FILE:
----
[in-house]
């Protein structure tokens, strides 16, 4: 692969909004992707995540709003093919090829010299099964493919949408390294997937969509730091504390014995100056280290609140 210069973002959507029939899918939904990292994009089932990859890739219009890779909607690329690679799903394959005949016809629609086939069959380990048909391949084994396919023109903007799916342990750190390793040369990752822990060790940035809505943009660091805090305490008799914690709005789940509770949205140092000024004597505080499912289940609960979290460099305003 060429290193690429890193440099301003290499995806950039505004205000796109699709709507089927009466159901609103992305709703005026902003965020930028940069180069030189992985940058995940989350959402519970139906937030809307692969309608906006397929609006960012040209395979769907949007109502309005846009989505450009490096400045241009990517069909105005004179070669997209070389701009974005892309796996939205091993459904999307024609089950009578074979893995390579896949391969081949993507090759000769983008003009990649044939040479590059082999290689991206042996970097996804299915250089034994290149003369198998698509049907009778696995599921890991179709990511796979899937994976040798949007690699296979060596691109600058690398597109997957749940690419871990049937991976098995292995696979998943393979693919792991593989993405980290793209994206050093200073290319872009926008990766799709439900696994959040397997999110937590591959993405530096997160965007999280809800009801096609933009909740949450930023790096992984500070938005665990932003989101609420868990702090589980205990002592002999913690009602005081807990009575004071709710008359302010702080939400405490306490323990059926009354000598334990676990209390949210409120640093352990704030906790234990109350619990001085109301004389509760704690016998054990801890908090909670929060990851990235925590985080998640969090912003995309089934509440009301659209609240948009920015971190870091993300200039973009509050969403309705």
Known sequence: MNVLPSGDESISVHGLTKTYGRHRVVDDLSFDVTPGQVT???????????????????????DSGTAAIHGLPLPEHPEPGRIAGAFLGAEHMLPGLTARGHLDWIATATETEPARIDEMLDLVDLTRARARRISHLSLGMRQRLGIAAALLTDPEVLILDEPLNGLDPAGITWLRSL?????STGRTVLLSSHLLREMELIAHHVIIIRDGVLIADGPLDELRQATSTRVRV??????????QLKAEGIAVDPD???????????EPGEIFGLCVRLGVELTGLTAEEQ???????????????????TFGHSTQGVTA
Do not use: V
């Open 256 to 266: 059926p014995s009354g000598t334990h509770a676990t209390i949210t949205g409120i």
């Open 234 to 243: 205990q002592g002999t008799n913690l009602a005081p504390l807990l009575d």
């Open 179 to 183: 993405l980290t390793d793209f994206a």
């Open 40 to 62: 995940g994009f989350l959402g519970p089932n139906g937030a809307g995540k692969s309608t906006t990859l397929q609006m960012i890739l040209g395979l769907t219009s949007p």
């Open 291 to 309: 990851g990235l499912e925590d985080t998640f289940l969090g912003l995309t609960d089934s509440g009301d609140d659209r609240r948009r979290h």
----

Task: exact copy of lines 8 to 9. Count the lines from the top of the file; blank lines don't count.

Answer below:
């Open 40 to 62: 995940g994009f989350l959402g519970p089932n139906g937030a809307g995540k692969s309608t906006t990859l397929q609006m960012i890739l040209g395979l769907t219009s949007p």
């Open 291 to 309: 990851g990235l499912e925590d985080t998640f289940l969090g912003l995309t609960d089934s509440g009301d609140d659209r609240r948009r979290h």